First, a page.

Well this applies to anything else.

        Yes.

        If I aquire a load of highly prized poppies and don't report my acquisitions, how will they know?

        Sooner or later you'll sell them and convert their value to real money.

        Poppies are much safer than Bitcoin in this respect. Poppies are physical so can sell them for cash and keep it under the mattress. Bitcoin can only be exchanged for real money electronically, good luck keeping that a secret from the spies.

    • by bentcd (690786) <bcd@pvv.org> on Monday December 16, 2013 @06:48AM (#45702133) Homepage

      If someone makes a bunch of profit on Bitcoins, how is Norway going to know if the person doesn't self report?

      They won't, but if they later find out they'll nail you to the wall.

      As an immediate concern, if you're making lots of bitcoins then there's not really that much to spend them on directly and so you'll want to convert them into national currency. At this point the tax man may notice and start asking questions.

      When the time comes that you can easily buy a Ferrari for bitcoins they will also have a chance of noticing, and will ask you how you could afford that Ferrari.

      If you go to any length to avoid the tax man noticing any of those two scenarios, you're probably guilty of some shade of money laundering which will get you nailed that much harder if they do discover you.

      Also, how are capital gains taxed there? In the US, capital gains are taxed at a lower rate than most normal income, so if the choice is between normal income and capital gains, I'll take the latter every time (since I'm in the US).

      I think it's much the same thing here. Capital gains is 28% or thereabouts, whereas income tax is progressive from 28% up to 50%, -ish. There may be important nuances I am omitting, being a wage slave rather than a tycoon.

      • When the time comes that you can easily buy a Ferrari for bitcoins they will also have a chance of noticing, and will ask you how you could afford that Ferrari.

        How or why would they ever know I bought a Ferrari? Are such purchases reportable in Norway? (they aren't in the US)

        You're right, if they do catch you cheating, the penalties are harsh... the question to ask is, what are the odds of being caught?

        • by Wootery (1087023)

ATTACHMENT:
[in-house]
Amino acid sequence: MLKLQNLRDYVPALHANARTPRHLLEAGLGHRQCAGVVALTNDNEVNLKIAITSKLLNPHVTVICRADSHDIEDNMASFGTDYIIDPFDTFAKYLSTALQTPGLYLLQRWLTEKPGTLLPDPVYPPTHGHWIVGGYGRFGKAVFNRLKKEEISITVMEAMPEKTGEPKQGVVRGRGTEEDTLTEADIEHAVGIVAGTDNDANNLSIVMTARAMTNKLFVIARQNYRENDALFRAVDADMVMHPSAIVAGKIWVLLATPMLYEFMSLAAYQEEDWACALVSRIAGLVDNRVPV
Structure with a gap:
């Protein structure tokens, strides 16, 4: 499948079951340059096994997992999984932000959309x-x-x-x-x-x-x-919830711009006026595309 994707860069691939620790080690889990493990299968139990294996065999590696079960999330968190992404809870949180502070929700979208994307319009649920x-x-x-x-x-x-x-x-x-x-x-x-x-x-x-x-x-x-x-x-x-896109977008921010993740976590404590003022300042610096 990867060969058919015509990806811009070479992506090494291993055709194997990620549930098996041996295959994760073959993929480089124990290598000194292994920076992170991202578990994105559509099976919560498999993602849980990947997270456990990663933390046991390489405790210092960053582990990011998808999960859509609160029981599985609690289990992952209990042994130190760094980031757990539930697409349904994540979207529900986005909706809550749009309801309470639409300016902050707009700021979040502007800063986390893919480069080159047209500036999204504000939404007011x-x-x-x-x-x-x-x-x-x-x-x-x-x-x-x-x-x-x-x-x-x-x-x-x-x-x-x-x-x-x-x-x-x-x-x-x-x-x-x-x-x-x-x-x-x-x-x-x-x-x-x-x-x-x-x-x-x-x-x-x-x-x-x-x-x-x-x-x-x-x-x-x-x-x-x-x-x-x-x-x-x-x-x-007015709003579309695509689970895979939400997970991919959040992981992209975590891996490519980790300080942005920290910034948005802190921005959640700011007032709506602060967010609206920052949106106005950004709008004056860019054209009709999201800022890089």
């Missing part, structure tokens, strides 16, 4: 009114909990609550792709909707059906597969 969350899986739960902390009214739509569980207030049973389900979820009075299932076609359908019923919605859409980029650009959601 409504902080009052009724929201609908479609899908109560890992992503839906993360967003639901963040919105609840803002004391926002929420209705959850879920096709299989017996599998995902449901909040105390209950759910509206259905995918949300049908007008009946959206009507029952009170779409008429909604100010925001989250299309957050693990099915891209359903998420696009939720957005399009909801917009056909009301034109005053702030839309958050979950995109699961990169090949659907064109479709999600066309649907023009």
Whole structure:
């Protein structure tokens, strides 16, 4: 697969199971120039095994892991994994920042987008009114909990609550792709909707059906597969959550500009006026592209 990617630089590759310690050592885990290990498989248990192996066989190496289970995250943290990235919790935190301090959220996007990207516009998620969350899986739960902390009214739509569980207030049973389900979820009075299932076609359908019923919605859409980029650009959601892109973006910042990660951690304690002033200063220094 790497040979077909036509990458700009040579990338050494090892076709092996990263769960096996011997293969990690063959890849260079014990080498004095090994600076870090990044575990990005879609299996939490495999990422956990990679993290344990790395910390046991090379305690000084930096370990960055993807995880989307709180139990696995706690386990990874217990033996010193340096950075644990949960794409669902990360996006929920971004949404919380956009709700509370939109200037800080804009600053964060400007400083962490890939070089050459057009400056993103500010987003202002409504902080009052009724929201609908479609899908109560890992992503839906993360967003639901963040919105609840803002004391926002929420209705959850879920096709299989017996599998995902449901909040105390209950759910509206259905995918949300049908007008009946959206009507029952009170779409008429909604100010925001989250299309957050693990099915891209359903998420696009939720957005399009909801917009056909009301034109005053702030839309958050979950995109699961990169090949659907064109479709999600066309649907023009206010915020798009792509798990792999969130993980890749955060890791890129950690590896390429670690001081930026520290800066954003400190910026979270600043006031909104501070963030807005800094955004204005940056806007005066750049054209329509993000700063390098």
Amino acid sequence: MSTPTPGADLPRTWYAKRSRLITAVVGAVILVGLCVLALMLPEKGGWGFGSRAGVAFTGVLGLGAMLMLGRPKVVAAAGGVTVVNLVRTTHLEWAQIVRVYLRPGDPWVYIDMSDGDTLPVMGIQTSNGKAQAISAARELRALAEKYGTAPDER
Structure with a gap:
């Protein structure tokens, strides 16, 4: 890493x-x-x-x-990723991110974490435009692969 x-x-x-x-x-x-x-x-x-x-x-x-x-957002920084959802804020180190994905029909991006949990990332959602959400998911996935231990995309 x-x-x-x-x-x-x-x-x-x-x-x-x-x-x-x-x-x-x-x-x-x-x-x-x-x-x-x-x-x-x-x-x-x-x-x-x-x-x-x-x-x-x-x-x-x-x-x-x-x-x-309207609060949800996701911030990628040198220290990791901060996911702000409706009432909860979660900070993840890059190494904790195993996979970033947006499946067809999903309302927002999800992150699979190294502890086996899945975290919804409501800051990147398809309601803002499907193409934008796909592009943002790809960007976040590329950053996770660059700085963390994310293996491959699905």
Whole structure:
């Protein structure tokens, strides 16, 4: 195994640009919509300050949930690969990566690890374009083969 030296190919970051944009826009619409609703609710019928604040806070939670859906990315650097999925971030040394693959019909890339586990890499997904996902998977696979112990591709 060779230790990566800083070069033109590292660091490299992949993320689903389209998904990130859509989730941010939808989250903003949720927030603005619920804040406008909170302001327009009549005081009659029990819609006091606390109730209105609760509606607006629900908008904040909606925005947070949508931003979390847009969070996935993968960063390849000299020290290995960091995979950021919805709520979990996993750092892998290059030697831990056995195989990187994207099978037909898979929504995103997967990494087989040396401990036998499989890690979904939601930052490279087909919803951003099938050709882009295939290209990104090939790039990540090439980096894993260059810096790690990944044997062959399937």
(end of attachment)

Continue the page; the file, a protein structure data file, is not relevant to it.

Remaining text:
Vehicles are registered to individuals, though. Even if the vehicles database and the tax database aren't unified now, they probably will be some day.

          • Vehicles can be, but don't have to be... A business can own a vehicle...

            Even if the IRS had access to the state DMV databases (Ha, they can't get healthcare.gov to work, try making 50 different DMVs talk to the IRS properly!), what would they do with all that info?

            Look for people with a Rolls Royce registered who also claim to earn little money? Then what? Perhaps it was a gift from family, perhaps it was purchased with savings, perhaps the person doesn't report a lot of income because of business lo

            • by Captain Hook (923766) on Monday December 16, 2013 @08:31AM (#45702521)

              Look for people with a Rolls Royce registered who also claim to earn little money? Then what? Perhaps it was a gift from family, perhaps it was purchased with savings.

              The point is, an automated database query is cheap and gives a shorter list of people to investigate compared to everyone in the tax durisdiction.

              If you have a car whose purchase price is $40000 and you withdraw $30000-35000 from savings in the months before I think the database query could reasonably file you under the low priority investigation list. If you have a car whose purchase price is $40000 and no transactions which match up with it, then you get filed under the medium priority investigation list.

              And if you have multiple houses and no income or savings to account for the purchase costs then you get filed under high priority and a human taxman will start an investigation.

              You use the cheapest method available to create ever shorter lists of people with anomalies to pass to the next, slightly more expensive filter.

            • Yeah, it can't possibly work. That's why the Italian equivalent of the IRS didn't do a swoop at some fancy ski resort a few months back and even if they had they wouldn't have caught anyone.

              http://www.bloomberg.com/news/2012-02-08/italy-police-pursue-ferraris-to-nab-tax-evaders.html [bloomberg.com]

              Perhaps this, perhaps that. Perhaps you're an imbecile.

        • by mysidia (191772) on Monday December 16, 2013 @07:18AM (#45702251)

          How or why would they ever know I bought a Ferrari? Are such purchases reportable in Norway? (they aren't in the US)

          If you pay cash, or other currency; the dealer is required to file a CTR to report the Large cash transaction.

          If you trade something for the ferrari, the dealer had to fill out a 1099B. If you take out a loan or pay by check, your banks will record a transaction.

          Large transactions in or out of your bank account are covertly reportable in the US behind your back -- your bank is required to report due to the Bank Secrecy Act and forbidden from informing you that they have reported.

          If you bring $100,000 into your bank account, or take out a loan for $250k on a car, or you engage in new unusual spending habits, the tax authorities definitely will almost certainly be made aware that you did that.